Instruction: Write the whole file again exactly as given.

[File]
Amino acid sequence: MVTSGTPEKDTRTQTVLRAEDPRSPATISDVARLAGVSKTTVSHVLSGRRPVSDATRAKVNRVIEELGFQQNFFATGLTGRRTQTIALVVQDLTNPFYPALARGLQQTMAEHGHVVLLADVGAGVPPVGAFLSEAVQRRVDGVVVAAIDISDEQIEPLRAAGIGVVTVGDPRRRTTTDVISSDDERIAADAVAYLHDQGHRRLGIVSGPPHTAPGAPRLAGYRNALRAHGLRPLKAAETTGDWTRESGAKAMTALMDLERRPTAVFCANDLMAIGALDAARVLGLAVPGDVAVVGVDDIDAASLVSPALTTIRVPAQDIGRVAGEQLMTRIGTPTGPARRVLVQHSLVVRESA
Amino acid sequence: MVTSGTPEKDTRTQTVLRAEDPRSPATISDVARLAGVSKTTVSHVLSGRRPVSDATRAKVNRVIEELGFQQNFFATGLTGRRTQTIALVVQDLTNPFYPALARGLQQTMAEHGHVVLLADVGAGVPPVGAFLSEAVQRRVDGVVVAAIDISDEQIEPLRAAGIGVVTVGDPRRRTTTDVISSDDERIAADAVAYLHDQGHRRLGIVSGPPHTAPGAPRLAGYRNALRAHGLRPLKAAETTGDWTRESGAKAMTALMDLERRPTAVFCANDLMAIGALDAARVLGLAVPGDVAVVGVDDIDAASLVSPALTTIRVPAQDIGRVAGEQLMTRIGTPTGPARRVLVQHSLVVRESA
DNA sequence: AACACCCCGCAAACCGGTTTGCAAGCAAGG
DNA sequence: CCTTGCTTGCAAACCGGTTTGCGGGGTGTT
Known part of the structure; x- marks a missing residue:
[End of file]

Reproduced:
Amino acid sequence: MVTSGTPEKDTRTQTVLRAEDPRSPATISDVARLAGVSKTTVSHVLSGRRPVSDATRAKVNRVIEELGFQQNFFATGLTGRRTQTIALVVQDLTNPFYPALARGLQQTMAEHGHVVLLADVGAGVPPVGAFLSEAVQRRVDGVVVAAIDISDEQIEPLRAAGIGVVTVGDPRRRTTTDVISSDDERIAADAVAYLHDQGHRRLGIVSGPPHTAPGAPRLAGYRNALRAHGLRPLKAAETTGDWTRESGAKAMTALMDLERRPTAVFCANDLMAIGALDAARVLGLAVPGDVAVVGVDDIDAASLVSPALTTIRVPAQDIGRVAGEQLMTRIGTPTGPARRVLVQHSLVVRESA
Amino acid sequence: MVTSGTPEKDTRTQTVLRAEDPRSPATISDVARLAGVSKTTVSHVLSGRRPVSDATRAKVNRVIEELGFQQNFFATGLTGRRTQTIALVVQDLTNPFYPALARGLQQTMAEHGHVVLLADVGAGVPPVGAFLSEAVQRRVDGVVVAAIDISDEQIEPLRAAGIGVVTVGDPRRRTTTDVISSDDERIAADAVAYLHDQGHRRLGIVSGPPHTAPGAPRLAGYRNALRAHGLRPLKAAETTGDWTRESGAKAMTALMDLERRPTAVFCANDLMAIGALDAARVLGLAVPGDVAVVGVDDIDAASLVSPALTTIRVPAQDIGRVAGEQLMTRIGTPTGPARRVLVQHSLVVRESA
DNA sequence: AACACCCCGCAAACCGGTTTGCAAGCAAGG
DNA sequence: CCTTGCTTGCAAACCGGTTTGCGGGGTGTT
Known part of the structure; x- marks a missing residue: